After Wales came the Peak District. A good weather forecast and short climbs meant that this leg was supposed to be a bit of a respite… but it was not to be. I managed to contract a particularly vicious sick bug on the day I arrived at the Roaches. Not being able to keep food down made soloing a little more interesting than it should have been. My lack of energy meant I couldn't pull up with my arms. But fortunately, grit routes tend to rely mostly on balance rather than strength and I got away with it.
Solo in the Lake District
The Lake District was next and here my partnership with Marc ended, as he had prior engagements. I decided that I could get everything done within two days, as the weather was back on my side, and enjoyed a brilliant 48 hours of running around the mountains climbing pitch after pitch.
I realised that my experiences in Wales had vastly increased my confidence in soloing. Climbs like Tophet Wall on Great Gable and Moss Ghyll Grooves on Scafell are high and exposed and, despite not being hugely difficult physically, are still intimidating without a rope. But I felt totally calm on them and finished off the Lakes round on a personal favourite of mine: Little Chamonix. From here I started my journey up to Scotland and the real adventure began…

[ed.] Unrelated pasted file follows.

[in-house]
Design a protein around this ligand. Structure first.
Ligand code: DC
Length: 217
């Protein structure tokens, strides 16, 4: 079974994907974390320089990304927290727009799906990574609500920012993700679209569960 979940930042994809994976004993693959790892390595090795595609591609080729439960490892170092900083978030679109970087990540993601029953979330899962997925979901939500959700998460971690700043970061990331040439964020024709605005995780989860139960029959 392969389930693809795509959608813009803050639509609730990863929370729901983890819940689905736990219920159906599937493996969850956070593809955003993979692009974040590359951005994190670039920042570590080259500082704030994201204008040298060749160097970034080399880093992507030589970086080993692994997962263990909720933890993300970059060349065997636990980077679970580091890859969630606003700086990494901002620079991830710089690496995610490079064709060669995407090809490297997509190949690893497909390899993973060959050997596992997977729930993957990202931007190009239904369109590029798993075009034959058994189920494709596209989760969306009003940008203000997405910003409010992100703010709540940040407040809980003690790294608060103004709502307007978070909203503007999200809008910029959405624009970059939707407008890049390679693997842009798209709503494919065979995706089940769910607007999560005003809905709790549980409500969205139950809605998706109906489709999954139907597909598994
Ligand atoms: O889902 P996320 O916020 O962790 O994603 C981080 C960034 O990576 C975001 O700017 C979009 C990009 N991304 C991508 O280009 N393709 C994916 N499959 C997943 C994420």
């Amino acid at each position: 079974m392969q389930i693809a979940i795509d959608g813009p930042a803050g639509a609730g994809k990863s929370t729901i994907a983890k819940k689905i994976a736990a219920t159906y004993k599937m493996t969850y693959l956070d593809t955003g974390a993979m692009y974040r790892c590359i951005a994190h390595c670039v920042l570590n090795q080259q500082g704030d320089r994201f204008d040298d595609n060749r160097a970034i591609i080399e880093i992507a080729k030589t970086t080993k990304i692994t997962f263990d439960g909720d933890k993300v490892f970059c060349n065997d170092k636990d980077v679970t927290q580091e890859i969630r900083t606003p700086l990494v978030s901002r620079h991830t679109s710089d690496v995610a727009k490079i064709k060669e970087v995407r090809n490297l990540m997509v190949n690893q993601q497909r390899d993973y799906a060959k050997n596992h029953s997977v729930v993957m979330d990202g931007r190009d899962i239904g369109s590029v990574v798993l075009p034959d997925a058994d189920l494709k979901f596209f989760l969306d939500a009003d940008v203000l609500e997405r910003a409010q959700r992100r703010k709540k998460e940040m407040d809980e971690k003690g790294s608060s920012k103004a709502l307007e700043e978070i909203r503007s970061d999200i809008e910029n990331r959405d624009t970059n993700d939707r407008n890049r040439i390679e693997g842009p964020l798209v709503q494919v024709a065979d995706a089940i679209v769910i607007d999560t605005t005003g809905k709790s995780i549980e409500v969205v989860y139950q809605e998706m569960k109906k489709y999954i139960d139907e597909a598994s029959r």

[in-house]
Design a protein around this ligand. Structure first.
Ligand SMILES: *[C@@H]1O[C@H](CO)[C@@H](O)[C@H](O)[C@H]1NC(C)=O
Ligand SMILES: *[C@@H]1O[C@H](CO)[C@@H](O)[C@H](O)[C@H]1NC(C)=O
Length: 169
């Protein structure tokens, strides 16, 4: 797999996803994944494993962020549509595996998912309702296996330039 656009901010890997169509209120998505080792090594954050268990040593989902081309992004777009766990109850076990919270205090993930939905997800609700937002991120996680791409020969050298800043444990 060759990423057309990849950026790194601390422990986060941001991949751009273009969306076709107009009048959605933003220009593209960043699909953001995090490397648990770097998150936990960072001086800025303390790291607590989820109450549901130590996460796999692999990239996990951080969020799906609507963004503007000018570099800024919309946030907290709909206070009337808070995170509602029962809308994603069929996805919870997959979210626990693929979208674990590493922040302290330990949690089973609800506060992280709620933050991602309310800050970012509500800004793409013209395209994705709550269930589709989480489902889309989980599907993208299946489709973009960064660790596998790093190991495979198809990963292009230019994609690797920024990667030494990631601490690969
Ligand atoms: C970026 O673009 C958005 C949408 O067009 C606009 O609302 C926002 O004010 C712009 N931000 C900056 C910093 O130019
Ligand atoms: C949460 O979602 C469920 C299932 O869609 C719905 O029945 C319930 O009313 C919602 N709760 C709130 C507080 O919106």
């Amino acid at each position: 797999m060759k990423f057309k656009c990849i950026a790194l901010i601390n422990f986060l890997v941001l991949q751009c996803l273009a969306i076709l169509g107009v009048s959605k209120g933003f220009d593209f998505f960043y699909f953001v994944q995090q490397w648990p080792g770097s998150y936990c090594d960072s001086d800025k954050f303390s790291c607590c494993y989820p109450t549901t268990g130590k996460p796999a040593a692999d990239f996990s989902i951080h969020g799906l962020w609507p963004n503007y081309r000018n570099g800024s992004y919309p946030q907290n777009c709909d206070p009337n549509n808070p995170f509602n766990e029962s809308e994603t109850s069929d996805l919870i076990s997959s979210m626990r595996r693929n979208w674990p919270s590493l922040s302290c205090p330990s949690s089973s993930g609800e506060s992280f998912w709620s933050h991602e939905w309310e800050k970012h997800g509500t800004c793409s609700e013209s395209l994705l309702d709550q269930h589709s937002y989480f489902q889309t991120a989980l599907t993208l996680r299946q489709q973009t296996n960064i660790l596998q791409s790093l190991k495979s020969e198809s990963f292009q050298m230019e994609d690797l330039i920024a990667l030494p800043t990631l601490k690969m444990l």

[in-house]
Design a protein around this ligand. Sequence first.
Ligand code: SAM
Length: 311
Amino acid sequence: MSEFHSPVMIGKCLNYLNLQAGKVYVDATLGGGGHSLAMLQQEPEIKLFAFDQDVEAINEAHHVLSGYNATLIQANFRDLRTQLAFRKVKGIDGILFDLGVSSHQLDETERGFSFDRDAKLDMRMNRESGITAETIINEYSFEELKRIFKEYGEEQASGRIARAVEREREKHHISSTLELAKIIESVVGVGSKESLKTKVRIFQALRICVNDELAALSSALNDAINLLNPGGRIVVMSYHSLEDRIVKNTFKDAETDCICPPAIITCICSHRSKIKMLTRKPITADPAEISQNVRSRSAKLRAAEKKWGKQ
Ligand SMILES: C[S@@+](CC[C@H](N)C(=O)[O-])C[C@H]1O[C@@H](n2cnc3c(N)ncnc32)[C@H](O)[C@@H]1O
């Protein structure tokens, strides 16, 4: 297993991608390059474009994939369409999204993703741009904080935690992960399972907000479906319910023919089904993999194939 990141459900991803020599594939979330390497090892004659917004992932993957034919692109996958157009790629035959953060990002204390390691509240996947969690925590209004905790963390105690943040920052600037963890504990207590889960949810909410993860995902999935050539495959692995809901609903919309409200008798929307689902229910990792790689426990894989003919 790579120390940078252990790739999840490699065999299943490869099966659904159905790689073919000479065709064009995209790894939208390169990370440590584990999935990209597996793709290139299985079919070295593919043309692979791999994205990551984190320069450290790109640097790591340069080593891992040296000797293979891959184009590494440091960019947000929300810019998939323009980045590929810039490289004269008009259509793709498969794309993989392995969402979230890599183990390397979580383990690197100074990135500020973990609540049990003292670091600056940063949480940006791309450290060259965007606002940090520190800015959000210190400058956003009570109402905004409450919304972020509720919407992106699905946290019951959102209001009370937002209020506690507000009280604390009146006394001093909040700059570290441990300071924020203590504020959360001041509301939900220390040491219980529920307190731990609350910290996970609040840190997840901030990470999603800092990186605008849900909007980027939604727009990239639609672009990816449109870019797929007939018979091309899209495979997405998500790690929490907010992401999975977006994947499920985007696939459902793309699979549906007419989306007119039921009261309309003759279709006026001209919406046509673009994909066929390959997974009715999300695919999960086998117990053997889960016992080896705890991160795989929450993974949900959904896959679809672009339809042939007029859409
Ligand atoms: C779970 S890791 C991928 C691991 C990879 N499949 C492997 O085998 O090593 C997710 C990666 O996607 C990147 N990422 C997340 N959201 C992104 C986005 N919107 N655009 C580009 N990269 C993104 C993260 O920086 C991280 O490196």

I had to hop on another ferry to reach the Isle of Arran. It was a place I had never been to and, despite it’s relatively low position in the British Isles, reminded me a lot of the highlands of Scotland. The enormous granite sweep of Sou’Wester Slabs was a joy to climb. The other route, Labyrinth, lived up to its name, providing an entertaining hour of weaving around inside chimneys and corner systems.
Over the next couple of weeks, I journeyed to Arrocher and enjoyed an unusually hot and sticky morning on The Cobbler, before heading further north into the depths of Glen Coe. Here I had a fight with The Chasm (a 450 metre gully with an in-situ waterfall); got lost inside the spooky walls of Bidean Nam Bian, whilst climbing the aptly named Crypt Route; and climbed up the North Face of Ben Nevis in a bubble of mist.